My holiday in Acton, pretending to be a slightly more dickish version of myself is over, and now back to my job of behaving like a slightly more dickish version of myself. It’s all playing isn’t it?
It was a slightly unusual gig in Liverpool. There was someone with a very distinctive laugh,a bit like a kookaburra, which rose high above the other laughs and seemed to last much longer than most. It was difficult to deal with. I was aware that everyone was distracted by it and yet if I tried to incorporate it into the show that might cause other problems. Firstly the person laughing was enjoying the show and drawing attention to them and making them self-conscious might ruin their evening. But secondly, if I drew attention to it then the joke might quickly fade and if also risked making the unusual sound even more distracting. Yet if I ignored it entirely it would look like I didn’t know how to cope with it. It’s a difficult tight rope to tread. It’s in a similar territory to the discussion I had with Jess Thom (Tourette’s Hero) on my podcast. Just as it seems wrong that someone with Tourettes can not sit in an audience for fear of aggravating other audience members, someone’s laugh is not something they should be expected to change. Though perhaps you have the control to stop yourself laughing (though not when someone as brilliant as me is on stage) that’s not really the point of a comedy show. You have to be allowed to enjoy it, just like everyone else.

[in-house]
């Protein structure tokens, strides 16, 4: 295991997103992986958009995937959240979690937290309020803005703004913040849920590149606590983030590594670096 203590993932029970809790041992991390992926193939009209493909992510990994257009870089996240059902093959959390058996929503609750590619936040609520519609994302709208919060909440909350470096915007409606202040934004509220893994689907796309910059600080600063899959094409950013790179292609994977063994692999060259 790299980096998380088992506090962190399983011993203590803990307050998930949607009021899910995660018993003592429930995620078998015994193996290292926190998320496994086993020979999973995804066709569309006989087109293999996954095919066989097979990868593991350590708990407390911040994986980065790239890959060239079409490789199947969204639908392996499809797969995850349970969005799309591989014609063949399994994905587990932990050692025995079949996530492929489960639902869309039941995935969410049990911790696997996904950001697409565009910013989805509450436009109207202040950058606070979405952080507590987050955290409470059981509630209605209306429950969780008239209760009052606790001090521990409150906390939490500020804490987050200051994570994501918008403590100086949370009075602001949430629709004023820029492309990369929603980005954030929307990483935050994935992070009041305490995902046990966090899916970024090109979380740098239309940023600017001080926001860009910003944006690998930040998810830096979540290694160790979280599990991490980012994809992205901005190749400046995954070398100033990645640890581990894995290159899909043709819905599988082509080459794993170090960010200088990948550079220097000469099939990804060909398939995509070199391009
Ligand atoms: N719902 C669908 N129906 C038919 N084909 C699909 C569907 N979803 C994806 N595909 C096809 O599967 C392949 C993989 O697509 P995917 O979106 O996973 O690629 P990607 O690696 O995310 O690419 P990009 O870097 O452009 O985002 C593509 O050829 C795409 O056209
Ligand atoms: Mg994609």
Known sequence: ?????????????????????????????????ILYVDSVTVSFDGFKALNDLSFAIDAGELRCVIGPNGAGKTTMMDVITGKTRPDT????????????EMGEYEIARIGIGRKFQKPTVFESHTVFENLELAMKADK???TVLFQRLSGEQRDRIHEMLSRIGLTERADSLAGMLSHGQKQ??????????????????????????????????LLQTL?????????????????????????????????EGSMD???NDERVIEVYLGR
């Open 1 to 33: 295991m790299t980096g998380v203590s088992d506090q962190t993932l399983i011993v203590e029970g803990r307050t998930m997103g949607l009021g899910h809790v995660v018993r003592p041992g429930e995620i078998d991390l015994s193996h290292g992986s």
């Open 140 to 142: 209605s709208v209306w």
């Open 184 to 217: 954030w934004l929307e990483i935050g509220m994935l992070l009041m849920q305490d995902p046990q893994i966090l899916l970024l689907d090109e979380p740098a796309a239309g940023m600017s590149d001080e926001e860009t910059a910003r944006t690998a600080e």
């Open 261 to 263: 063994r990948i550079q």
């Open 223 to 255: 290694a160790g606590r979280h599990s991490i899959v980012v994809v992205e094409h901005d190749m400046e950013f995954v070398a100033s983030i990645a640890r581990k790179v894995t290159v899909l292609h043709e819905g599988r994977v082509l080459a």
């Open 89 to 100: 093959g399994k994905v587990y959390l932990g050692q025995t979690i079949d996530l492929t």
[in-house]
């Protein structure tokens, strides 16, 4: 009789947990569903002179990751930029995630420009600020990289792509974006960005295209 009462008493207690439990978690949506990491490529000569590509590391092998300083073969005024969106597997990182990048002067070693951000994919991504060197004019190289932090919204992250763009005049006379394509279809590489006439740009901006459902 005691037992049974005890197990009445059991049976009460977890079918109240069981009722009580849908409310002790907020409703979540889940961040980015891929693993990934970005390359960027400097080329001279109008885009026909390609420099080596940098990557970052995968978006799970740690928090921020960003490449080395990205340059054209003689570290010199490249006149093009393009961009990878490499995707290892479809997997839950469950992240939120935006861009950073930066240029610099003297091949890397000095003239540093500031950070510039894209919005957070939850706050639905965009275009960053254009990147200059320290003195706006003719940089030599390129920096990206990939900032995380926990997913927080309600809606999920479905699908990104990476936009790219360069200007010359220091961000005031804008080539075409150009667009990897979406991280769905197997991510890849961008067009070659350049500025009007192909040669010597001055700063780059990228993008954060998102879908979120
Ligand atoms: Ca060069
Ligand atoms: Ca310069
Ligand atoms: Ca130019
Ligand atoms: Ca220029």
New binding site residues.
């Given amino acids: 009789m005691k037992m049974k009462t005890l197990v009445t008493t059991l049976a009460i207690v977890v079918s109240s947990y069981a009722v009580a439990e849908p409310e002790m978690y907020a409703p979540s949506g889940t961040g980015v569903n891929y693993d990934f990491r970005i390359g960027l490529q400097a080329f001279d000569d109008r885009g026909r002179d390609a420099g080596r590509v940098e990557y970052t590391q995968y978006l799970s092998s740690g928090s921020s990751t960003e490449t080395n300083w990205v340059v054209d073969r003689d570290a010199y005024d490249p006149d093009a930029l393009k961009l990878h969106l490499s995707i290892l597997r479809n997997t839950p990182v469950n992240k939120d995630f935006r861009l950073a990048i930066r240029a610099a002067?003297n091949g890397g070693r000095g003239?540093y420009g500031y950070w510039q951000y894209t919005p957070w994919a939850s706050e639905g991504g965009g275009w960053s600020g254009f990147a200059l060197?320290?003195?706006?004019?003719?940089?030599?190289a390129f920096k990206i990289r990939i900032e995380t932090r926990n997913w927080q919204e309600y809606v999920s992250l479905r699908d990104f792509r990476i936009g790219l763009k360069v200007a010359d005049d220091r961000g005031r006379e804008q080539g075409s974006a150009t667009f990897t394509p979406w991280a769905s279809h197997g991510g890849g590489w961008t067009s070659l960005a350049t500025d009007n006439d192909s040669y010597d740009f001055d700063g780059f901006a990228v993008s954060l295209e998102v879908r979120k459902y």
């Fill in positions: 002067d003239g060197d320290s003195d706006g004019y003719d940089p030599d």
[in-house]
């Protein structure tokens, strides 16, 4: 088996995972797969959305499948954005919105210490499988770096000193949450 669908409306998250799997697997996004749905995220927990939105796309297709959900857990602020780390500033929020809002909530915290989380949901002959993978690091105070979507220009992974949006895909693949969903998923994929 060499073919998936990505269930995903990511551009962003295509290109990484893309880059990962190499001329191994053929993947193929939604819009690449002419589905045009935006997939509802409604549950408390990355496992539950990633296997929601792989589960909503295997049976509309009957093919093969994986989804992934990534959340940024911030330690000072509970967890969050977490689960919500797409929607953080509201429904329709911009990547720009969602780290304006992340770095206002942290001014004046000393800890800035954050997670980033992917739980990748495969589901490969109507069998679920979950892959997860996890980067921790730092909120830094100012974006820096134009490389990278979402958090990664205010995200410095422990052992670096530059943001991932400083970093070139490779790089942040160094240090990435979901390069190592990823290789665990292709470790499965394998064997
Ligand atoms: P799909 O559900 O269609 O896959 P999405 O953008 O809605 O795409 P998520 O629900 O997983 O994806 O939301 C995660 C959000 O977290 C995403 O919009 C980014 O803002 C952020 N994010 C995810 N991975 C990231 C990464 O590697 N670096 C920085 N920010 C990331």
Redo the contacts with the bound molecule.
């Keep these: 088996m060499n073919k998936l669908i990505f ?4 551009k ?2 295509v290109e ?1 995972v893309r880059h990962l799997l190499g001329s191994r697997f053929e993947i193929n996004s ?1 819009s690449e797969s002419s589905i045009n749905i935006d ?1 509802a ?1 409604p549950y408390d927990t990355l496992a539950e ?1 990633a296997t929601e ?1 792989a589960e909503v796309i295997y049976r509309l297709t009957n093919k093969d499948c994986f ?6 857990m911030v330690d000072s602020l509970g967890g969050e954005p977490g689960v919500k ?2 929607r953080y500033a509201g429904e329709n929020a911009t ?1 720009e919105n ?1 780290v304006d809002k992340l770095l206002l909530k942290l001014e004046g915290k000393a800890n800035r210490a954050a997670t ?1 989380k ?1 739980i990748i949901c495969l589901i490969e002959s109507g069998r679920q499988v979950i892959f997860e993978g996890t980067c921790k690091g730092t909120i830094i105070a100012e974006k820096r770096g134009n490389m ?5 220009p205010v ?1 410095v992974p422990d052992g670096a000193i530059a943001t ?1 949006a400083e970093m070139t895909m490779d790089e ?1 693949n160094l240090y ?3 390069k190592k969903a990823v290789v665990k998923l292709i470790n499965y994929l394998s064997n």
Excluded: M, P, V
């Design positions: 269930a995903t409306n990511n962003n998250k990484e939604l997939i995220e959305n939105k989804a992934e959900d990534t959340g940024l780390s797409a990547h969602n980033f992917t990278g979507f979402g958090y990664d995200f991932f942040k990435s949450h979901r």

And if someone is heckling you then you have a right to tell them to fuck off, but if someone is loudly enjoying what you’re doing- well chastising them will both spoil their evening and make others anxious about expressing their pleasure too
The laugh was amusing me and I think in the short term that was enough of a reaction, but I let the show settle in a bit before making an arch reference to it. It gave everyone the chance to laugh it off - yes we’d all spotted it and it was OK.
The laugh was high and giddy so it was an enjoyable sound to hear, though strangely there’s an odd psychological effect to being in an audience where someone is laughing more vociferously than you, which can put you off laughing. For me, the most amusing thing was that the laugh came from a big, bearded man, not as it sounded like, some kind of exotic animal. But every now and again I would make a little comment, my favourite being to chastise the rest of the audience for not developing an individual sounding laugh, because that meant I couldn’t ascertain how well things were going down with each audience member. We had fun with it, but I knew we’d done enough and I tried to back off from mentioning it in the second half.
It made for a memorable gig and created some fun ad-libs and I think we got over this potential bump in the road quite well. The man in question unnecessarily apologised to me afterwards. You can’t feel bad about doing the thing you’re meant to be doing. Overall by hopefully handling it sensitively and in proportion it was something that enhanced rather than spoiled other people’s night.